This past April the app surpassed 2 billion downloads on both the Google Play Store and Apple’s App Store. Recently, however, TikTok has dominated the news including threats to have it banned in the US — its fate now uncertain unless an American company, like Microsoft, acquires it.

Amidst the uncertainty, competitors are looking for windows of opportunity including video-sharing app Triller. Read on to learn more about the basics of this app, why it’s experiencing a moment in the digital space, and what’s next.

Triller at a glance

Triller, first introduced in 2015, was dubbed as “an entertainment platform built for creators.” Similarly to TikTok, Triller is built for short-form, flawless video content that can be shared in seconds and created for trending challenges, music videos, and other viral clips. A key perk that differentiates it from TikTok? Triller auto-edits your takes into a single flawless clip. As stated in the official app store description “You do you, Triller does the rest.”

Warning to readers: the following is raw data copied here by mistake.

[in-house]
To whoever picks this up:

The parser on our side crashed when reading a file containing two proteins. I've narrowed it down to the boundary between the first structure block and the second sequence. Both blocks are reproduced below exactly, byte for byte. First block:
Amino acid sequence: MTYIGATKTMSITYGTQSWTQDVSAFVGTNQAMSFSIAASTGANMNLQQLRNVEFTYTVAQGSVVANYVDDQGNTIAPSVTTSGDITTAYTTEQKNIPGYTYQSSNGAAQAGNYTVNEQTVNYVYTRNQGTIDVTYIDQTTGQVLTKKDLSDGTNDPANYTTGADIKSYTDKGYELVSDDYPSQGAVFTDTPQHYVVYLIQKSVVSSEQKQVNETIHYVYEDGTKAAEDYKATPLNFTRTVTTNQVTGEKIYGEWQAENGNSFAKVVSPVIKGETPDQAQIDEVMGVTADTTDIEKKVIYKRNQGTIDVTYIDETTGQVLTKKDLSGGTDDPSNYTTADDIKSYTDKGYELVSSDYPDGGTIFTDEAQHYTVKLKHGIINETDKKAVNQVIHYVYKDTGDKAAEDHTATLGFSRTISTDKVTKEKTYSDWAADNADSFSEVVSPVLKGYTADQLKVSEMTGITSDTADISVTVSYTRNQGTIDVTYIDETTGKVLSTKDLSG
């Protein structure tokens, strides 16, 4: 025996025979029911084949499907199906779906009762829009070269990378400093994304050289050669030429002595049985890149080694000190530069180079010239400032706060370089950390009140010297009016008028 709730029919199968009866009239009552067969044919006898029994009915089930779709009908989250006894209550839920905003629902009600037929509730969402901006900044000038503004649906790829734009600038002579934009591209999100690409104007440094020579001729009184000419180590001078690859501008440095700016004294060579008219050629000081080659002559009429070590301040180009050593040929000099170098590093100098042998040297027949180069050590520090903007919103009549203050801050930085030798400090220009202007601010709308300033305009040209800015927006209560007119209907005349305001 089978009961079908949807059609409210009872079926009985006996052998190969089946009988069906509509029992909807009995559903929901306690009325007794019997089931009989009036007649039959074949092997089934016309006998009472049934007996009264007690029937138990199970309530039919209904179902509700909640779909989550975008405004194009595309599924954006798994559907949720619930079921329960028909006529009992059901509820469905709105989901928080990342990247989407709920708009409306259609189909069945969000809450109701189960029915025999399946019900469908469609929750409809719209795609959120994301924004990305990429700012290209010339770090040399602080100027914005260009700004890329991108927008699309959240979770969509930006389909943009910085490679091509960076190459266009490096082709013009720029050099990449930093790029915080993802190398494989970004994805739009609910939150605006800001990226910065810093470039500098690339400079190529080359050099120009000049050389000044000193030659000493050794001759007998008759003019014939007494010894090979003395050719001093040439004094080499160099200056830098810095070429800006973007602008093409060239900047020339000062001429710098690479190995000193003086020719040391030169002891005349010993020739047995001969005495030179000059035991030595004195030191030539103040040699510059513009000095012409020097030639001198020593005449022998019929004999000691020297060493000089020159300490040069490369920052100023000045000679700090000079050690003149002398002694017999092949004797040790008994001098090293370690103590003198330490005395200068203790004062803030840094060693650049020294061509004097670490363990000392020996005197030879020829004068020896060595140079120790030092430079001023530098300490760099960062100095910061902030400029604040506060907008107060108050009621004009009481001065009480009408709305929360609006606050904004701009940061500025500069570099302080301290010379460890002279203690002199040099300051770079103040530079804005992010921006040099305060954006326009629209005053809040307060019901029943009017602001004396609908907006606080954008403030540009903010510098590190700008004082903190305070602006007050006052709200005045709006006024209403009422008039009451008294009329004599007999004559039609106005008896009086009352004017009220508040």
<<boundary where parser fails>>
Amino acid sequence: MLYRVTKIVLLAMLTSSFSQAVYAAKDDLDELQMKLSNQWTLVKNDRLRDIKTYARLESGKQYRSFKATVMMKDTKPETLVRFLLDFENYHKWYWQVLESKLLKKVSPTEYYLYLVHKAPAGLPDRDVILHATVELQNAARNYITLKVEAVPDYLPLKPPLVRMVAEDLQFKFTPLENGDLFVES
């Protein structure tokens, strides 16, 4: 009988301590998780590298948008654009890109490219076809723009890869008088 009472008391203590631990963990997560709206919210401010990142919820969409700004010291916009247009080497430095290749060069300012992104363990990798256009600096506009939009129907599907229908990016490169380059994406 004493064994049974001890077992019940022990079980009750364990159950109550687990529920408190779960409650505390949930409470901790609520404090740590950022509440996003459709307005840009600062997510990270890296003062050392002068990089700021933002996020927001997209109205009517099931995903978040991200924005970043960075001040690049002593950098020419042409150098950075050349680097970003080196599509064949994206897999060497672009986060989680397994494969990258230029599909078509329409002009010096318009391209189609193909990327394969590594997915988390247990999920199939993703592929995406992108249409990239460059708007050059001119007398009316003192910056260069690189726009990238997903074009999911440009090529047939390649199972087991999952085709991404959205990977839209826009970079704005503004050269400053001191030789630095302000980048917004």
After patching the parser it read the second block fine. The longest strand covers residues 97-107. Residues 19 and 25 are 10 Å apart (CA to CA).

Outside of its auto-editing algorithm, you can customize content with over 100 filters, text, drawings and emojis, access the top music tracks from your personal music library, and directly share your content across your other platforms including Twitter, Facebook, Instagram, a simple text message or email, or store it in your camera roll and decide how you want to use it later. Another useful element especially in an age of social distancing — you can collaborate with friends in a group video.